Robert Boyle was the first scientist to use the term element in 1661. Antoine Laurent Lavoisier (1743-94), a French chemist, was the first to establish an experimentally useful definition of an element. He defined an element as a basic form of matter that cannot be broken down into simpler substances by chemical reactions.
Elements can be normally divided into metals, non-metals and metalloids.
Metals usually show some or all of the following properties:
• They have a lustre (shine).
• They have silvery-grey or golden-yellow colour.
• They conduct heat and electricity.
• They are ductile (can be drawn into wires).
• They are malleable (can be hammered into thin sheets).
• They are sonorous (make a ringing sound when hit).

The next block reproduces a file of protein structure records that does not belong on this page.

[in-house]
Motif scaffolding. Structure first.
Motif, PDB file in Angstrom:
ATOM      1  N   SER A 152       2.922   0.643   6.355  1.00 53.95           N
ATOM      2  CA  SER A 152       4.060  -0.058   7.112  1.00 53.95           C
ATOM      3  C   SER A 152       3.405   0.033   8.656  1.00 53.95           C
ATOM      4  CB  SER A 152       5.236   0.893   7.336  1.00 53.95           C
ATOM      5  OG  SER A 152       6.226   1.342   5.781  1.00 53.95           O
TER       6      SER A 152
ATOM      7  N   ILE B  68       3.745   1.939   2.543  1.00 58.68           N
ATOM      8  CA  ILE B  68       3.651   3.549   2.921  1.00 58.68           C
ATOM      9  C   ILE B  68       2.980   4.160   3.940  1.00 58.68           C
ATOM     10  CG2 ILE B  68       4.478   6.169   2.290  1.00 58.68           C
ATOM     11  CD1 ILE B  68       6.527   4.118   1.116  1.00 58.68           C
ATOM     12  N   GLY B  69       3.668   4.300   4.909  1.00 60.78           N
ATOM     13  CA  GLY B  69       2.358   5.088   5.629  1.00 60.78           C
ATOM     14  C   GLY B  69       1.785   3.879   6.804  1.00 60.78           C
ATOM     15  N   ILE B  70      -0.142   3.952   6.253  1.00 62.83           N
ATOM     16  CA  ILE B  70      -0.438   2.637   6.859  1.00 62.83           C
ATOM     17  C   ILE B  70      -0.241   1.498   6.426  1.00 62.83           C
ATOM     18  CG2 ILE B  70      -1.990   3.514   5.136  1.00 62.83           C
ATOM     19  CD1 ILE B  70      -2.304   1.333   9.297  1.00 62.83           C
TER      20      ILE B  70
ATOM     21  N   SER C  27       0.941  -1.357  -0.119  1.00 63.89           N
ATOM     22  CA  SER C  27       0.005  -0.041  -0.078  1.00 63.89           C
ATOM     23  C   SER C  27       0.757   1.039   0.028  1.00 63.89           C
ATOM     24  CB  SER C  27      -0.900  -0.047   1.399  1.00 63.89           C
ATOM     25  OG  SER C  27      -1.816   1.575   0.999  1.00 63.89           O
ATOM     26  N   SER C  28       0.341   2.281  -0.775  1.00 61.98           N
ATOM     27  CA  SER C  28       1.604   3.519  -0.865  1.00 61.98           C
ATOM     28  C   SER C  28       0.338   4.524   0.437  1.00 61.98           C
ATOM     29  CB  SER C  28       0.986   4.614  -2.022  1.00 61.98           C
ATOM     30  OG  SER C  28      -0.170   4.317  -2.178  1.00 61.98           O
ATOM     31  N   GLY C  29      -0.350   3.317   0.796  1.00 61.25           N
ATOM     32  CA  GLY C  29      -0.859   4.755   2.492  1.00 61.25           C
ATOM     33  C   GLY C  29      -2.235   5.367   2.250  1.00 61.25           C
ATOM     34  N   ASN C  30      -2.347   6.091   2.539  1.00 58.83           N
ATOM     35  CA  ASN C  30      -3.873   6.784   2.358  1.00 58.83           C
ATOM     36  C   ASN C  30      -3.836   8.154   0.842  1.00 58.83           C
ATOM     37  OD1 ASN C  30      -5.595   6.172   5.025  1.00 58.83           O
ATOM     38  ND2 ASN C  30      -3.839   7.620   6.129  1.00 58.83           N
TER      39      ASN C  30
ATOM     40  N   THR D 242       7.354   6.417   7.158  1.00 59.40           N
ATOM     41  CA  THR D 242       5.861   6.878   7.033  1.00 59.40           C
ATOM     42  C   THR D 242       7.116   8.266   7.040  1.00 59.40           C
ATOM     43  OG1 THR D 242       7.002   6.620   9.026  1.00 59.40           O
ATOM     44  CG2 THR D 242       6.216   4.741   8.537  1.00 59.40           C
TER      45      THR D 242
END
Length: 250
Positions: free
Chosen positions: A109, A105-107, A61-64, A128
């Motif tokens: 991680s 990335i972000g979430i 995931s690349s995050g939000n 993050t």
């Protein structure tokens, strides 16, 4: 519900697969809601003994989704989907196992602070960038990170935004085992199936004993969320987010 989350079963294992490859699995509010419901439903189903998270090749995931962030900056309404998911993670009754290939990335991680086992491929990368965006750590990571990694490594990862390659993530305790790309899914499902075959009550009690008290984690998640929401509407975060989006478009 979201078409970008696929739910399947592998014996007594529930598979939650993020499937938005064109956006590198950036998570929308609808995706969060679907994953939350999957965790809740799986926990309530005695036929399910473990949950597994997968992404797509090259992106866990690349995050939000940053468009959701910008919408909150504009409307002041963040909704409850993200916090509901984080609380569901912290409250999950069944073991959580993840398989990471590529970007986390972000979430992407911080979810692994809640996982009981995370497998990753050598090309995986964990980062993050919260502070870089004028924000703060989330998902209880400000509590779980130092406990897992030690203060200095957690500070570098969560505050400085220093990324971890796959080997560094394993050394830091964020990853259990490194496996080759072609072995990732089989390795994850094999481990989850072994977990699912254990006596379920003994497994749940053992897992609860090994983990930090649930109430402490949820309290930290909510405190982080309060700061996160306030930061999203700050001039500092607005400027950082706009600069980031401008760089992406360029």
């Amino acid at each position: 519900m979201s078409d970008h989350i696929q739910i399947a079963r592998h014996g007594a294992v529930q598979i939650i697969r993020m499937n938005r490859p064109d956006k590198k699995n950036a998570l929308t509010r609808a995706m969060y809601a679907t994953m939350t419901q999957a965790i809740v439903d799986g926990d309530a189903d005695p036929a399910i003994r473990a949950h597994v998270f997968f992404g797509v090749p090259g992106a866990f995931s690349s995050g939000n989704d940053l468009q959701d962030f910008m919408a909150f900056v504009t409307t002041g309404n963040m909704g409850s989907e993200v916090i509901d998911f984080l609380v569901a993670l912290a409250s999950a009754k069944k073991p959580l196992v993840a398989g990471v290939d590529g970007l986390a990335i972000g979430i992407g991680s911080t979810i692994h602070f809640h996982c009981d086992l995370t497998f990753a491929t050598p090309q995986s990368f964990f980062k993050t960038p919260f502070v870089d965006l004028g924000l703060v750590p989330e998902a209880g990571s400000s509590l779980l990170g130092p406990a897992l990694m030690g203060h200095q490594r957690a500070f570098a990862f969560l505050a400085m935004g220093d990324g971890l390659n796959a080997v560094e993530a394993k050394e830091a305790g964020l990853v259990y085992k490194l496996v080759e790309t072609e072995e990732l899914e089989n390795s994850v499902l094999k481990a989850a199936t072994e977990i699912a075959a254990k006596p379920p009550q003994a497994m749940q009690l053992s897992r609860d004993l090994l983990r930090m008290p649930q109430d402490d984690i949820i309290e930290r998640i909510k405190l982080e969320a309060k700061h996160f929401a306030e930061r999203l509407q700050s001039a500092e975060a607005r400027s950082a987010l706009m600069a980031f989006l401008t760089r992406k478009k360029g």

Examples of metals are gold, silver, copper, iron, sodium, potassium etc. Mercury is the only metal that is liquid at room temperature.
Non-metals usually show some or all of the following properties:
• They display a variety of colours.
• They are poor conductors of heat and electricity.
• They are not lustrous, sonorous or malleable.
Examples of non-metals are hydrogen, oxygen, iodine, carbon (coal, coke), bromine, chlorine etc.
Some elements have intermediate properties between those of metals and non-metals, they are called metalloids; examples are boron, silicon, germanium etc.
• The number of elements known at present are more than 100. Ninety-two elements are naturally occurring and the rest are manmade.
• Majority of the elements are solid.
• Eleven elements are in gaseous state at room temperature.
• Two elements are liquid at room temperature–mercury and bromine.
• Elements, gallium and cesium become liquid at a temperature slightly above room temperature (303 K).